Mozart on the Move: Travels to Munich and Vienna

About Mozart: the First Steps of the Child Prodigy into the Big, Wide World

Young Mozart together with his father and the Prince Archbishop of Salzburg Schrattenbach among the audience of the wedding concert for Crown Prince Joseph and Isabella of Parma in Vienna's Imperial Palace on 6 October 1760 (detail)

Oil painting by Martin van Meytens (1695–1770) 1760-65 (Schönbrunn Palace, Vienna) Source: Division of Rare & Manuscript Collections, Cornell University Library
The six-year-old Mozart in a gala dress given to him in 1762 at the Imperial Court in Vienna.

The six-year-old Mozart in a gala dress given to him in 1762 at the Imperial Court in Vienna.

Oil painting possibly by Pietro Antonio Lorenzoni (1721–1782) 1763 (International Mozarteum Foundation, Salzburg) Source: Wikimedia

Leopold Mozart quickly realised that Salzburg was too provincial for his children. His goal was the Imperial Austrian Court in Vienna. To prepare them for travelling, he planned a journey to Munich, which at that time was three days' travel away from Salzburg.

In the time of Amadeus Mozart, travelling was hard work. Non-suspended carriages trundled over unpaved roads. Without air conditioning, winters were bitingly cold, summers swelteringly hot and very dusty. But what could one do? For a concert at the court of the Bavarian elector Max III. Josef, Nannerl and Wolfgang Amadeus Mozart were reimbursed with one ducat. An interesting fact about Mozart: even this musical genius had a humble beginning…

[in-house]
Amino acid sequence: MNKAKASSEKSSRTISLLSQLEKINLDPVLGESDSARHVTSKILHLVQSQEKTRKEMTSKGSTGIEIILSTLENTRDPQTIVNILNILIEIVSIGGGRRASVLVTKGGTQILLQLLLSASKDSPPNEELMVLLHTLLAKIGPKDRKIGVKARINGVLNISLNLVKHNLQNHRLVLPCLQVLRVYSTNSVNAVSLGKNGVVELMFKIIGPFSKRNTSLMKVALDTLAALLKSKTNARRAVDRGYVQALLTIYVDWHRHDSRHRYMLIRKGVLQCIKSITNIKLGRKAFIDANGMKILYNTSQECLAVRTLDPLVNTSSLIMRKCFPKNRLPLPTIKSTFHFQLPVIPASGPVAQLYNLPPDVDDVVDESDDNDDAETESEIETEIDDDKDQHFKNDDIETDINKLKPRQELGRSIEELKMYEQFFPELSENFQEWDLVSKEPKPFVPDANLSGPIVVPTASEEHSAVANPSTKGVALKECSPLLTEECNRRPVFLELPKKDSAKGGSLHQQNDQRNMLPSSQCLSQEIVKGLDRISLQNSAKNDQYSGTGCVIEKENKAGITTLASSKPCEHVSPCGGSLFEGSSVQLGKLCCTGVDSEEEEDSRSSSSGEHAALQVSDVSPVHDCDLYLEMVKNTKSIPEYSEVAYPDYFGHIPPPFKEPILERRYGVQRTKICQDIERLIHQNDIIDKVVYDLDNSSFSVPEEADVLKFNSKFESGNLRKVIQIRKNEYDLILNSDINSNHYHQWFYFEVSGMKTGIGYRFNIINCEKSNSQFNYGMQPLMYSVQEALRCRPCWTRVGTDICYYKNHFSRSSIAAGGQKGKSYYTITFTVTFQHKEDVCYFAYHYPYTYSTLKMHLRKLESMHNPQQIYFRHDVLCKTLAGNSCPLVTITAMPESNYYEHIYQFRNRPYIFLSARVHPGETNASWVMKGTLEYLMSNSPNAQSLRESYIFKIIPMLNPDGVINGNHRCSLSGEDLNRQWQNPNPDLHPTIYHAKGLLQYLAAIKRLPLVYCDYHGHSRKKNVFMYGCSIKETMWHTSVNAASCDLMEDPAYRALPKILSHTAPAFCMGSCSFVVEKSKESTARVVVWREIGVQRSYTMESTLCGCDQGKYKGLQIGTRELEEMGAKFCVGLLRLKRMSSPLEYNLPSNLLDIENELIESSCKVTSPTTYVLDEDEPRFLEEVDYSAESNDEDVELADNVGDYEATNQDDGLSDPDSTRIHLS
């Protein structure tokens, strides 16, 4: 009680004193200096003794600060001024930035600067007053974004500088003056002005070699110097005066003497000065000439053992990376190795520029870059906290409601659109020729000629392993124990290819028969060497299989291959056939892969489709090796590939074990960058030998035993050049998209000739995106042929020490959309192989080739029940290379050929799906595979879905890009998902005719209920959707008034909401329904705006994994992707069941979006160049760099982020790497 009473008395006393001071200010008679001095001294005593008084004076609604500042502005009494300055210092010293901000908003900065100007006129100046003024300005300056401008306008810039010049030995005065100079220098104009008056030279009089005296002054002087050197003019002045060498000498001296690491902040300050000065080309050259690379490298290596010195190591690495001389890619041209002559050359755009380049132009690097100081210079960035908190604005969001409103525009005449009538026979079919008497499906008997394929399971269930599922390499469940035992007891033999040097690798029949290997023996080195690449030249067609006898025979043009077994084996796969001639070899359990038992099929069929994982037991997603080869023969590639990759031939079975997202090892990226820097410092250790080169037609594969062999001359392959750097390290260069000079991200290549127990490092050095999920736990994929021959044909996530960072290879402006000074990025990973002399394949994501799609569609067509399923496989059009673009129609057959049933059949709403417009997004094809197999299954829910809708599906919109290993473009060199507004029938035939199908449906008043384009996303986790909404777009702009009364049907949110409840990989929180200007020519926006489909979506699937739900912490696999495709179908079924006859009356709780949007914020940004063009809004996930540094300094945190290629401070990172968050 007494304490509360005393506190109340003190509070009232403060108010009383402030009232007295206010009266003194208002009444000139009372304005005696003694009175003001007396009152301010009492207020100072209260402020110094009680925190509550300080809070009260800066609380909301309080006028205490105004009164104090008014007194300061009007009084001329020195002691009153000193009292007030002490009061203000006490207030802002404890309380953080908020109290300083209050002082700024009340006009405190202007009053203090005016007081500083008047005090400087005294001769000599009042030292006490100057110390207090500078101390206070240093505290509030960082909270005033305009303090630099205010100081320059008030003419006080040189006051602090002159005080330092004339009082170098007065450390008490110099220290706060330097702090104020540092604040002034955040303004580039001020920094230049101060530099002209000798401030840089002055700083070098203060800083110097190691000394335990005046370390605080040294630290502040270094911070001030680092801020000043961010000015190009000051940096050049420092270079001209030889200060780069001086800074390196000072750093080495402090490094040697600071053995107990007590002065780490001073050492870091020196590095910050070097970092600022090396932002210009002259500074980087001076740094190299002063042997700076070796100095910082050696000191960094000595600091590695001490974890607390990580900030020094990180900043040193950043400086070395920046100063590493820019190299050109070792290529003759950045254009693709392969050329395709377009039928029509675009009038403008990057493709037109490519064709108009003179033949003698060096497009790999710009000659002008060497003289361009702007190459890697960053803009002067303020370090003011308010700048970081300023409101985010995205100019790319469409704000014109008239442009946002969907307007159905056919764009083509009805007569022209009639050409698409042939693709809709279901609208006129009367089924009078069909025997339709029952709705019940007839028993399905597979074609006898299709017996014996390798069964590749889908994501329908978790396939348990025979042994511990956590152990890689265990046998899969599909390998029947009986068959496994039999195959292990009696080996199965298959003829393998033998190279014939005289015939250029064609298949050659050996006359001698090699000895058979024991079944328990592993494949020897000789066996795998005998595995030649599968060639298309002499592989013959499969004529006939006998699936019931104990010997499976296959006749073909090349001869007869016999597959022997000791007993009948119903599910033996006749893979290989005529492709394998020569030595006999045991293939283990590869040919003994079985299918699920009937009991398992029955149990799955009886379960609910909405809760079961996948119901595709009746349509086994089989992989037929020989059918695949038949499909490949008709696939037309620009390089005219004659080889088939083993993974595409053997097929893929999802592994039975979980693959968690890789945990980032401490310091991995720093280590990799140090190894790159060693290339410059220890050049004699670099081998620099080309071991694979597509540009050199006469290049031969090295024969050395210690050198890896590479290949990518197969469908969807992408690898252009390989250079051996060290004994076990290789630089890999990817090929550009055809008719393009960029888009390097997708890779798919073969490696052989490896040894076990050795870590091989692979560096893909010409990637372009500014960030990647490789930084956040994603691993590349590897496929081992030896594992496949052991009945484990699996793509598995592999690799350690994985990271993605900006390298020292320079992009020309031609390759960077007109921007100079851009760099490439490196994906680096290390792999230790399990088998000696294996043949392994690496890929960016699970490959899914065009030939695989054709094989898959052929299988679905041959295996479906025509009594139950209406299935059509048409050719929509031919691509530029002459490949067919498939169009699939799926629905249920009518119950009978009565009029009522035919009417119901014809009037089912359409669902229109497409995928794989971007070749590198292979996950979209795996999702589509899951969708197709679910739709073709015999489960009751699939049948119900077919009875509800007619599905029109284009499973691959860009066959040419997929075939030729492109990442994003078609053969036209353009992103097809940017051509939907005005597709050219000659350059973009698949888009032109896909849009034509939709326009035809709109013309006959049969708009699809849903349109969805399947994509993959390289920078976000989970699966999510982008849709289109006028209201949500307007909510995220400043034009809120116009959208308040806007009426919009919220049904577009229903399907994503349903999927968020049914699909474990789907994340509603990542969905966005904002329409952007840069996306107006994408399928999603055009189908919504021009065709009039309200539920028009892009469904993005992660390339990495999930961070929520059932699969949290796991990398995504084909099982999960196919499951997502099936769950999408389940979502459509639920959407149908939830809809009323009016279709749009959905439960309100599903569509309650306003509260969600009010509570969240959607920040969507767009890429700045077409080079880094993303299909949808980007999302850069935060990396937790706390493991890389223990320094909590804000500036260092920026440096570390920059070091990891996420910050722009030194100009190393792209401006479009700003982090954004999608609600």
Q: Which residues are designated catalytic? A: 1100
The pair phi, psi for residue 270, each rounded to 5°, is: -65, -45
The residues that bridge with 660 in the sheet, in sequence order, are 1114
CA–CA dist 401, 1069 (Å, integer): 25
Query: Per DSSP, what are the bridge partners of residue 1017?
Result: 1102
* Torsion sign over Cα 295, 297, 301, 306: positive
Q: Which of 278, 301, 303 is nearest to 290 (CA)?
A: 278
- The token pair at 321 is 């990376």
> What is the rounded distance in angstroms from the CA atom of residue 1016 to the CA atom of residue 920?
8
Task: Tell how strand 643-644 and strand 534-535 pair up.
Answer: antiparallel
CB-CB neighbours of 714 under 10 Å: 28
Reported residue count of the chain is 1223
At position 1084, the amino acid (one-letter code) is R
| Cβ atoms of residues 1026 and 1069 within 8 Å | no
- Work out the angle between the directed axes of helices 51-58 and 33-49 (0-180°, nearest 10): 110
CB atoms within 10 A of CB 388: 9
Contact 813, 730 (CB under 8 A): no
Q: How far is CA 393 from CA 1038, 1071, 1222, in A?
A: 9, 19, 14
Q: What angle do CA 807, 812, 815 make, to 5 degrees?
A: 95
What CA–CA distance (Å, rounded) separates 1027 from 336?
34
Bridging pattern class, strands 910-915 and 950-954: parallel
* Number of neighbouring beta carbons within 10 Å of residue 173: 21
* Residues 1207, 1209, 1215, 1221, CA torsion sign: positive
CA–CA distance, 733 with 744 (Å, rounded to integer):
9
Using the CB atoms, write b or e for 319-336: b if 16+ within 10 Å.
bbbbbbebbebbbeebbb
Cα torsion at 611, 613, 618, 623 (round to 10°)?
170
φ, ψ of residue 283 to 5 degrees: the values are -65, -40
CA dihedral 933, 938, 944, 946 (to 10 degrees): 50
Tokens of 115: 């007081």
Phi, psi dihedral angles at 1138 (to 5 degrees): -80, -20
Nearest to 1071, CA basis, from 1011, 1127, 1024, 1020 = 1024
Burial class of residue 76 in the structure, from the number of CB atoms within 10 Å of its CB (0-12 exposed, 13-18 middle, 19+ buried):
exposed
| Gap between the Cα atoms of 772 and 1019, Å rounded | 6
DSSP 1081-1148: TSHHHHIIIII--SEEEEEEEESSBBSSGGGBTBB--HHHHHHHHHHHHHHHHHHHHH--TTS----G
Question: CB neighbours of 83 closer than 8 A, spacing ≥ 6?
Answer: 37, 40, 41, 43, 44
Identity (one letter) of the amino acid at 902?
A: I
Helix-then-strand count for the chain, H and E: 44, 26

“Vienna, ready or not, here we come!”

Autumn 1762 was the moment of truth. The Mozart children were ready to meet the imperial couple. The journey took three weeks and was torture for young Nannerl and Wolfgang Amadeus Mozart. Leopold Mozart put up with the arduous journey – then as now, some parents wish to see their children succeed at any cost.

The journey bore great risks - an invitation to the Imperial Court in Vienna was far from guaranteed. The costs accumulated. Every day on the road, food, board, everything cost money. One can hardly imagine how nervous Leopold Mozart must have felt. However, the news of the two prodigal children from Salzburg spread like wildfire and the interest of the Viennese high society was piqued.

October 13, 1762: Wolfgang (“Wolferl”) Enchants the Imperial Family

Finally the Mozart family received the much coveted invitation: full of expectation, Emperor Franz I. Stephan, Empress Maria-Theresia and their children waited in the Mirror Saloon of Schoenbrunn Palace. The confident six-year-old Wolfgang Amadeus Mozart enthralled them all with his playing. Court composer Christoph Wagenseil correctly remarked: “You are a real musician!” The Mozarts returned to Salzburg richly remunerated. Father Leopold was fully content. Further journeys would follow…